Urban Conservation Planning and Collaboration: Highlights from 2020-2021

people raking soil spreading seeds on hillside

(Stormwater Stars planting event. Photo by Corey Shelton)

Covid-19 didn’t stop residents from getting out on their properties and into local natural areas to connect with the land and lend a hand. It also didn’t stop urban partners from continued collaboration and innovation focused on better addressing challenging urban conservation issues.

We developed seven new conservation plans this year with interested residents. Some of these plans include multiple residents working together across property boundaries to improve the health of their combined properties. In addition to plan development, we coordinated funding and/or provided technical assistance to six conservation projects to implement on-the-ground conservation work including the installation of native plants, stormwater management improvements, root wad placements, and invasive species removal. Funding to complete this work was provided by Oregon Watershed Enhancement Board (OWEB), Metro, site landowners, and the District.

This year, District staff developed, shared, and presented research on Portland’s Stormwater Permitting, Policy & Processes: A Stakeholder & Geospatial Analysis at the Urban Ecosystem Research Consortium of Portland/Vancouver. Portland’s West Hills have many steep and landslide-prone slopes. The City of Portland is a nationally-recognized leader in stormwater management with strategies that show why working at the sub-watershed level – a smaller geographic scale — is more effective for planning, implementing and evaluating watershed improvements. Despite the city being at the leading edge, Portland’s West Hills still have significant problems managing stormwater, which impacts the health and water quality of its many creeks. Watershed health may further decline as local stormwater systems become increasingly less able to manage the annual volume of stormwater. This reduced ability is caused by a number of factors which vary by sub-watershed: more new buildings, paved areas, and sealed surfaces that stormwater can’t pass through; degraded riparianRiparian areas The land alongside a creek, river, pond, or other body of water zones with decreased ability to absorb and filter stormwater; climate change producing more intense storm events; and aging, failing, and/or inadequately-sized grey and green stormwater infrastructure (i.e. pipes, retention basins, swales, etc.). Additionally, with stormwater systems in disproportionate condition across the city, equity, sustainability, and livability questions arise. This research sought to uncover barriers and opportunities for improving stormwater conditions through diverse stakeholder involvement.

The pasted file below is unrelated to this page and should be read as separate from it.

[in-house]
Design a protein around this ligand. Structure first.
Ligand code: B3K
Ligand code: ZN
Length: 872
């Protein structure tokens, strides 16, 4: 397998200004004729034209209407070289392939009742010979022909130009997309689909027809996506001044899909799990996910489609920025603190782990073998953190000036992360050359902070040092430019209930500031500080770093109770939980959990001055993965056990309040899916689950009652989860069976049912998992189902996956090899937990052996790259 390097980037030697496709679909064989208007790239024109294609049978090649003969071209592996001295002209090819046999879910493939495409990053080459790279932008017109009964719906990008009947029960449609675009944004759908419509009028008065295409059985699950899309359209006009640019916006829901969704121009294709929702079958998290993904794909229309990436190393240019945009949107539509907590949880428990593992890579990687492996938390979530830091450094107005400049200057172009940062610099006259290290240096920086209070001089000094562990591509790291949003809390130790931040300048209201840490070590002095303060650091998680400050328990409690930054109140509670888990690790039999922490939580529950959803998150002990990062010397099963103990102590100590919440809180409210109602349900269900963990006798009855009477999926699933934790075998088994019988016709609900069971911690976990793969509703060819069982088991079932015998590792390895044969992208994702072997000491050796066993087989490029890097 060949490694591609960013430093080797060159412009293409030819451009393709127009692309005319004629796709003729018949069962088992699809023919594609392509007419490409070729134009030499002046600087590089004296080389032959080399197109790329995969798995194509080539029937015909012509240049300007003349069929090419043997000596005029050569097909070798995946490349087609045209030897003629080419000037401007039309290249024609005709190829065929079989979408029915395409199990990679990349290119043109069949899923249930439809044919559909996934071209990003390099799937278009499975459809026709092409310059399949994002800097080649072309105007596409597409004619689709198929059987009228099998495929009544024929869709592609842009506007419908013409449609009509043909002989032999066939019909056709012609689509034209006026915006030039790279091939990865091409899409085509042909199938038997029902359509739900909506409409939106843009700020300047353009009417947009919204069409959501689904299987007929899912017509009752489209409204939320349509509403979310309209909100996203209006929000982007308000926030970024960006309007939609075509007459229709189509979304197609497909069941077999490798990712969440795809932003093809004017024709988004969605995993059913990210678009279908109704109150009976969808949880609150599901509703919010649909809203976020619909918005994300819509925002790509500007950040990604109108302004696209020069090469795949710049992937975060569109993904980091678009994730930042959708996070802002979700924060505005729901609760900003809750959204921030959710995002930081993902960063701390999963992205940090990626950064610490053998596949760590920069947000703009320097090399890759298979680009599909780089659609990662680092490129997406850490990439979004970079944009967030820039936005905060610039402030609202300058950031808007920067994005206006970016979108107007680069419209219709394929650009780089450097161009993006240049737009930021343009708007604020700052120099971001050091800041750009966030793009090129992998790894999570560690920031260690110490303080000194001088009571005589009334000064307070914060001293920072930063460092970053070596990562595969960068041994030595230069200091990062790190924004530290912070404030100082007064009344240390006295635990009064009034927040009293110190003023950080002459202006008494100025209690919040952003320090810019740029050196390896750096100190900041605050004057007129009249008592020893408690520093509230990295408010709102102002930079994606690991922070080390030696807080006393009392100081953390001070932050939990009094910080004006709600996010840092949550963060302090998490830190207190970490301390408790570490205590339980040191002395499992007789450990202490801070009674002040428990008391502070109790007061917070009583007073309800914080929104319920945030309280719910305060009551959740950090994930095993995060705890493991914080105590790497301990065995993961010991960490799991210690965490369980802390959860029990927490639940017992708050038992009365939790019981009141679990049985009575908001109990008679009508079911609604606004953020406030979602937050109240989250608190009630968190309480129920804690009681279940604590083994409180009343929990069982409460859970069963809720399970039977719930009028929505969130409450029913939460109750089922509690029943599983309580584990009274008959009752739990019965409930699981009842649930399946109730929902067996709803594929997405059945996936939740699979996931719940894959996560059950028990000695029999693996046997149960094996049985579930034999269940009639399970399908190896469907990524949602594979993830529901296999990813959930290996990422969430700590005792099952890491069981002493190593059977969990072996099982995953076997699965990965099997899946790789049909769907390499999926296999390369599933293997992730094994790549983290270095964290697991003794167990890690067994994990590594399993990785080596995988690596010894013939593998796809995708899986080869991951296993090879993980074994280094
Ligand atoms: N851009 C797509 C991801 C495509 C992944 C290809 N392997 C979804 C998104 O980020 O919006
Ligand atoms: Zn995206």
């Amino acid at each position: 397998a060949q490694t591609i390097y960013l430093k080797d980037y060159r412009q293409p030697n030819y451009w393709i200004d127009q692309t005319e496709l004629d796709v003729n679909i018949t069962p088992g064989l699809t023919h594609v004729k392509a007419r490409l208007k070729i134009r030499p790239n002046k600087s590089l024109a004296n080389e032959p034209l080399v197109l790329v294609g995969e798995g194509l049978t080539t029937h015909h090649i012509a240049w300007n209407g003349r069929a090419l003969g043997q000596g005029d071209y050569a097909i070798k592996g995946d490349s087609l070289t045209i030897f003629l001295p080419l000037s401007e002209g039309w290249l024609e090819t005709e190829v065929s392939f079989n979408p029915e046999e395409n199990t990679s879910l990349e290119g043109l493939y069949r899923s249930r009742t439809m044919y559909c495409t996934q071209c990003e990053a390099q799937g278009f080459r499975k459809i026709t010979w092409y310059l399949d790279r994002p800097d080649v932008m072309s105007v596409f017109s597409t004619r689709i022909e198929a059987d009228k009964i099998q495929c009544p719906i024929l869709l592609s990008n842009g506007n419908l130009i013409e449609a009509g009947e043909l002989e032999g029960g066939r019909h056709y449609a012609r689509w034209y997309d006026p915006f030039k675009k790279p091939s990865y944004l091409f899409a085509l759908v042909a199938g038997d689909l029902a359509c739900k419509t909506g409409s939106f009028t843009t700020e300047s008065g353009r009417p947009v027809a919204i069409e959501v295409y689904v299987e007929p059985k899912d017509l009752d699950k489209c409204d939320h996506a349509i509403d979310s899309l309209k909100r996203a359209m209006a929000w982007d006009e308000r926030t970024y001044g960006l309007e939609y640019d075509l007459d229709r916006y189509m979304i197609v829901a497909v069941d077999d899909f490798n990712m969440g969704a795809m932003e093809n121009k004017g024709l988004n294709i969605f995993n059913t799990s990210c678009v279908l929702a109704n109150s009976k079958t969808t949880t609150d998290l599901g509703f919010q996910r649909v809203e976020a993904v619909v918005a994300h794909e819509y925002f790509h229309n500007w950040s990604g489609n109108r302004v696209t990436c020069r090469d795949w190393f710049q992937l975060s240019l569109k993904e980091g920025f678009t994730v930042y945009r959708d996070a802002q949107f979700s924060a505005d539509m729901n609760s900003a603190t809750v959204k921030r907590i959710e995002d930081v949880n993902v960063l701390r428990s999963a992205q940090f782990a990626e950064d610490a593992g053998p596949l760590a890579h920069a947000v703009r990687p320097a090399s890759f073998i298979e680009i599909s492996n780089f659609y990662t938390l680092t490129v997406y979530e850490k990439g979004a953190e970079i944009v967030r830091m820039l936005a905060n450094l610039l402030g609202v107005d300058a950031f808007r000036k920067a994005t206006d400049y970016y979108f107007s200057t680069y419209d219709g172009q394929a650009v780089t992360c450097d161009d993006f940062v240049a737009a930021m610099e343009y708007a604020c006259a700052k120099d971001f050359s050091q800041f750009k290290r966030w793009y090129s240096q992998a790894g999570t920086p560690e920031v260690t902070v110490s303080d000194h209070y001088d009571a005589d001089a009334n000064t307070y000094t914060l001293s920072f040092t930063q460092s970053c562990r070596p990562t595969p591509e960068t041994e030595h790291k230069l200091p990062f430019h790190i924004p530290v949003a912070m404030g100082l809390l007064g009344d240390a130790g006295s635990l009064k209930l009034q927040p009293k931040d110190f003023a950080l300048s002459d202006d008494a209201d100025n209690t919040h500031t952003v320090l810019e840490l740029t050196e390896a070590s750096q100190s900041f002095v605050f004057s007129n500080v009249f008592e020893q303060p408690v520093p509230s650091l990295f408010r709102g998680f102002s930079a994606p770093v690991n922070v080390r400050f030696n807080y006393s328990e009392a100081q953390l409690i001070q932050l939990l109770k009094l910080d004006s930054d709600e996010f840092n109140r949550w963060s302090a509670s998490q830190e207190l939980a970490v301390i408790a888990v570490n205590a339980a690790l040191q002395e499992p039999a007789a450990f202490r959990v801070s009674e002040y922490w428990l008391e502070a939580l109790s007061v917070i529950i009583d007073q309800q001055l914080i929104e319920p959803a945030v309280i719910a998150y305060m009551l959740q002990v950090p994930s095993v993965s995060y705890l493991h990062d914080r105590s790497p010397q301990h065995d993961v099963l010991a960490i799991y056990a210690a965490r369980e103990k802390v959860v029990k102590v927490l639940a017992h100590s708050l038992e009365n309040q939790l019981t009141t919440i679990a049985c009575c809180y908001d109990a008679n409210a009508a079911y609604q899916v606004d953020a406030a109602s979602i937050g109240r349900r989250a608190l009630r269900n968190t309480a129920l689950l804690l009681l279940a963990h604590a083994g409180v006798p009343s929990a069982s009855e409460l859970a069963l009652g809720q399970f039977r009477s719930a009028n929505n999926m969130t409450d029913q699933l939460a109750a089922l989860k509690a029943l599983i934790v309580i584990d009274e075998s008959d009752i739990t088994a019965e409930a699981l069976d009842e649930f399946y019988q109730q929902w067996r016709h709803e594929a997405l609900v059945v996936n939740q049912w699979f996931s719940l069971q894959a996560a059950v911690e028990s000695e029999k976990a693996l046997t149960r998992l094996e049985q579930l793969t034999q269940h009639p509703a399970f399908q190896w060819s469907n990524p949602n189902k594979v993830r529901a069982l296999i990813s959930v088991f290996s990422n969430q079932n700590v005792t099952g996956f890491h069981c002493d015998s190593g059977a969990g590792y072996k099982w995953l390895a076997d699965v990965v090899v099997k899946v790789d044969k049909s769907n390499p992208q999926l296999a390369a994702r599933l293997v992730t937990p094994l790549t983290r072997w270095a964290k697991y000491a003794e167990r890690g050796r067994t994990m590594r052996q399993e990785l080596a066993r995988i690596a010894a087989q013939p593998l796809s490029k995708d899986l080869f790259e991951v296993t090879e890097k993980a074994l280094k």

Along with partners, we celebrated the 9th year of the Canopy Weeds Program with 411 participating landowners and 34,186 trees cleared of invasive vines. Portland Fire & Rescue joined the partnership, adding wildfire risk reduction to the suite of benefits offered to program participants. The Canopy Weeds Program has historically provided free treatment of invasive ivy and clematis species in neighborhoods adjacent to Forest Park. The goal of this important program is to save trees, slow the spread of invasive weeds and protect the health of Forest Park as well as a segment of the wildlife corridor that connects Forest Park to the Oregon Coast Range. This year, we piloted a fee-for-service model with a sliding needs-based scale to help fund and increase the number of on-the ground weed removal projects. In addition, we helped outreach about wildfire risk reduction home assessments that are available through Portland Fire & Rescue. The Canopy Weed Program work is completed by Forest Park Conservancy’s Green Jobs Interns. The Green Jobs Training and Internship Program provides BIPOC (Black, Indigenous, and People of Color) youth and young adults with hands-on professional experience and support to pursue a career in the conservation and natural resources field.